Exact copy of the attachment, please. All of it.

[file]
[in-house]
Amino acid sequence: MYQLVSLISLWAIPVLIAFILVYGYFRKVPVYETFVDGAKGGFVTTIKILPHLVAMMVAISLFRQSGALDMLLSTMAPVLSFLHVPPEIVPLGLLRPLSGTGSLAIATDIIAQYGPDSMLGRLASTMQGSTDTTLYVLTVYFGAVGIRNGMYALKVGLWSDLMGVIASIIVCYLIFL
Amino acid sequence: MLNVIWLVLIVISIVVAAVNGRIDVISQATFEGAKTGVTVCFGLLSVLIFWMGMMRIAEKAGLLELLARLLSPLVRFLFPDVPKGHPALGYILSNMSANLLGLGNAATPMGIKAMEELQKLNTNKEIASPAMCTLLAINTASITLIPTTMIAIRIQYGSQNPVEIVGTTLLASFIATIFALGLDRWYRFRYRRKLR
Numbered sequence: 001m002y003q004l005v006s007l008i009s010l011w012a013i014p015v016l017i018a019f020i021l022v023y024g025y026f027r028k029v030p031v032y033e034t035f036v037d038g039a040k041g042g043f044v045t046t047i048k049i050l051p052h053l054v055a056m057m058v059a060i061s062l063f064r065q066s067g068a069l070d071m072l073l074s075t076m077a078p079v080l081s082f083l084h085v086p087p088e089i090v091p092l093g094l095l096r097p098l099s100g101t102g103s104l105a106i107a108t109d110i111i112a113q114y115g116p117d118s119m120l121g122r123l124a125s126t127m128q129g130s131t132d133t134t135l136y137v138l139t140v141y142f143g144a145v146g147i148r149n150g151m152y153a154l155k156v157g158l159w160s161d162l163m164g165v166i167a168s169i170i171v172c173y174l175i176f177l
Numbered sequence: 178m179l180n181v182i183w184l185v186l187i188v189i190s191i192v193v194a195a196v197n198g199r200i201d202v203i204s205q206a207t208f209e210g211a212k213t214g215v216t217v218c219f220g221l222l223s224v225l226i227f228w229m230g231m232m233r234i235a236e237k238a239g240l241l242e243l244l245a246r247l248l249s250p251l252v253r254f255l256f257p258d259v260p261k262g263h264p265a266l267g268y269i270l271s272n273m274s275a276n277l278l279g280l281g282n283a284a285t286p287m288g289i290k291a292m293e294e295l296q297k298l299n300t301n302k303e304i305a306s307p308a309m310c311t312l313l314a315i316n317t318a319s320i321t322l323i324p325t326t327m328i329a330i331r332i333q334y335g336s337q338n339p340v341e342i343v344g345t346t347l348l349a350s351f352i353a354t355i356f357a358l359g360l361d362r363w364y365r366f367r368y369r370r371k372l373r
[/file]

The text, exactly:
[in-house]
Amino acid sequence: MYQLVSLISLWAIPVLIAFILVYGYFRKVPVYETFVDGAKGGFVTTIKILPHLVAMMVAISLFRQSGALDMLLSTMAPVLSFLHVPPEIVPLGLLRPLSGTGSLAIATDIIAQYGPDSMLGRLASTMQGSTDTTLYVLTVYFGAVGIRNGMYALKVGLWSDLMGVIASIIVCYLIFL
Amino acid sequence: MLNVIWLVLIVISIVVAAVNGRIDVISQATFEGAKTGVTVCFGLLSVLIFWMGMMRIAEKAGLLELLARLLSPLVRFLFPDVPKGHPALGYILSNMSANLLGLGNAATPMGIKAMEELQKLNTNKEIASPAMCTLLAINTASITLIPTTMIAIRIQYGSQNPVEIVGTTLLASFIATIFALGLDRWYRFRYRRKLR
Numbered sequence: 001m002y003q004l005v006s007l008i009s010l011w012a013i014p015v016l017i018a019f020i021l022v023y024g025y026f027r028k029v030p031v032y033e034t035f036v037d038g039a040k041g042g043f044v045t046t047i048k049i050l051p052h053l054v055a056m057m058v059a060i061s062l063f064r065q066s067g068a069l070d071m072l073l074s075t076m077a078p079v080l081s082f083l084h085v086p087p088e089i090v091p092l093g094l095l096r097p098l099s100g101t102g103s104l105a106i107a108t109d110i111i112a113q114y115g116p117d118s119m120l121g122r123l124a125s126t127m128q129g130s131t132d133t134t135l136y137v138l139t140v141y142f143g144a145v146g147i148r149n150g151m152y153a154l155k156v157g158l159w160s161d162l163m164g165v166i167a168s169i170i171v172c173y174l175i176f177l
Numbered sequence: 178m179l180n181v182i183w184l185v186l187i188v189i190s191i192v193v194a195a196v197n198g199r200i201d202v203i204s205q206a207t208f209e210g211a212k213t214g215v216t217v218c219f220g221l222l223s224v225l226i227f228w229m230g231m232m233r234i235a236e237k238a239g240l241l242e243l244l245a246r247l248l249s250p251l252v253r254f255l256f257p258d259v260p261k262g263h264p265a266l267g268y269i270l271s272n273m274s275a276n277l278l279g280l281g282n283a284a285t286p287m288g289i290k291a292m293e294e295l296q297k298l299n300t301n302k303e304i305a306s307p308a309m310c311t312l313l314a315i316n317t318a319s320i321t322l323i324p325t326t327m328i329a330i331r332i333q334y335g336s337q338n339p340v341e342i343v344g345t346t347l348l349a350s351f352i353a354t355i356f357a358l359g360l361d362r363w364y365r366f367r368y369r370r371k372l373r